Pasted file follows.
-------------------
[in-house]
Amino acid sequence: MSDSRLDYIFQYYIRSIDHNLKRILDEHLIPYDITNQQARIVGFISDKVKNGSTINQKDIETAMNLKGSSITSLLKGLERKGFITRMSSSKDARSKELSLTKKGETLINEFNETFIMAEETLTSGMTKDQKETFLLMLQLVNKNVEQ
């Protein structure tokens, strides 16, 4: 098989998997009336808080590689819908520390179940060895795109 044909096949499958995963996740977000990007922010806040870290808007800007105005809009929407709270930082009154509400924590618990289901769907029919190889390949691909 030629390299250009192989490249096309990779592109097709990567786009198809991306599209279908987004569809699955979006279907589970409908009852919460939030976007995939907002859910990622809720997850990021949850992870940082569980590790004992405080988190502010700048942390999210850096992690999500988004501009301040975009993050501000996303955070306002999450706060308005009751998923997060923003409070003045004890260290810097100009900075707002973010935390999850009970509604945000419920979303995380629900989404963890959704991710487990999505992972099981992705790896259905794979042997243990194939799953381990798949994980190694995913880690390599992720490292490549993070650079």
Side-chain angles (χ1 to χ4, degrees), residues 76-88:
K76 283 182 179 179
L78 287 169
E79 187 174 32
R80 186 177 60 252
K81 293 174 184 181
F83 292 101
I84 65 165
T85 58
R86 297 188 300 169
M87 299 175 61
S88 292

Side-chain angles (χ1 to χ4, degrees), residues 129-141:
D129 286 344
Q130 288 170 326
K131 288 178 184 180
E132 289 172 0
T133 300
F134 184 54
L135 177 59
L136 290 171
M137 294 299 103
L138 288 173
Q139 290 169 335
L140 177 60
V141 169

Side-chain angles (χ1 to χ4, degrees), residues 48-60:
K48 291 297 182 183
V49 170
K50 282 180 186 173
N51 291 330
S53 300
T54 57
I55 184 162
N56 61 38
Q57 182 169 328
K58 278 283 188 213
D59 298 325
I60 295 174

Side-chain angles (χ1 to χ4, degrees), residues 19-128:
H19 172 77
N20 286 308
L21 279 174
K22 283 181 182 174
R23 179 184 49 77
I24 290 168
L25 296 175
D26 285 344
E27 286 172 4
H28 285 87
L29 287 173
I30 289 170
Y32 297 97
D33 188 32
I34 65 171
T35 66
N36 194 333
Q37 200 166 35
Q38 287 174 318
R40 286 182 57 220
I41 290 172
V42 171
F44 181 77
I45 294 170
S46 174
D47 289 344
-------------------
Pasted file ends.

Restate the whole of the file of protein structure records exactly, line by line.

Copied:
[in-house]
Amino acid sequence: MSDSRLDYIFQYYIRSIDHNLKRILDEHLIPYDITNQQARIVGFISDKVKNGSTINQKDIETAMNLKGSSITSLLKGLERKGFITRMSSSKDARSKELSLTKKGETLINEFNETFIMAEETLTSGMTKDQKETFLLMLQLVNKNVEQ
């Protein structure tokens, strides 16, 4: 098989998997009336808080590689819908520390179940060895795109 044909096949499958995963996740977000990007922010806040870290808007800007105005809009929407709270930082009154509400924590618990289901769907029919190889390949691909 030629390299250009192989490249096309990779592109097709990567786009198809991306599209279908987004569809699955979006279907589970409908009852919460939030976007995939907002859910990622809720997850990021949850992870940082569980590790004992405080988190502010700048942390999210850096992690999500988004501009301040975009993050501000996303955070306002999450706060308005009751998923997060923003409070003045004890260290810097100009900075707002973010935390999850009970509604945000419920979303995380629900989404963890959704991710487990999505992972099981992705790896259905794979042997243990194939799953381990798949994980190694995913880690390599992720490292490549993070650079």
Side-chain angles (χ1 to χ4, degrees), residues 76-88:
K76 283 182 179 179
L78 287 169
E79 187 174 32
R80 186 177 60 252
K81 293 174 184 181
F83 292 101
I84 65 165
T85 58
R86 297 188 300 169
M87 299 175 61
S88 292

Side-chain angles (χ1 to χ4, degrees), residues 129-141:
D129 286 344
Q130 288 170 326
K131 288 178 184 180
E132 289 172 0
T133 300
F134 184 54
L135 177 59
L136 290 171
M137 294 299 103
L138 288 173
Q139 290 169 335
L140 177 60
V141 169

Side-chain angles (χ1 to χ4, degrees), residues 48-60:
K48 291 297 182 183
V49 170
K50 282 180 186 173
N51 291 330
S53 300
T54 57
I55 184 162
N56 61 38
Q57 182 169 328
K58 278 283 188 213
D59 298 325
I60 295 174

Side-chain angles (χ1 to χ4, degrees), residues 19-128:
H19 172 77
N20 286 308
L21 279 174
K22 283 181 182 174
R23 179 184 49 77
I24 290 168
L25 296 175
D26 285 344
E27 286 172 4
H28 285 87
L29 287 173
I30 289 170
Y32 297 97
D33 188 32
I34 65 171
T35 66
N36 194 333
Q37 200 166 35
Q38 287 174 318
R40 286 182 57 220
I41 290 172
V42 171
F44 181 77
I45 294 170
S46 174
D47 289 344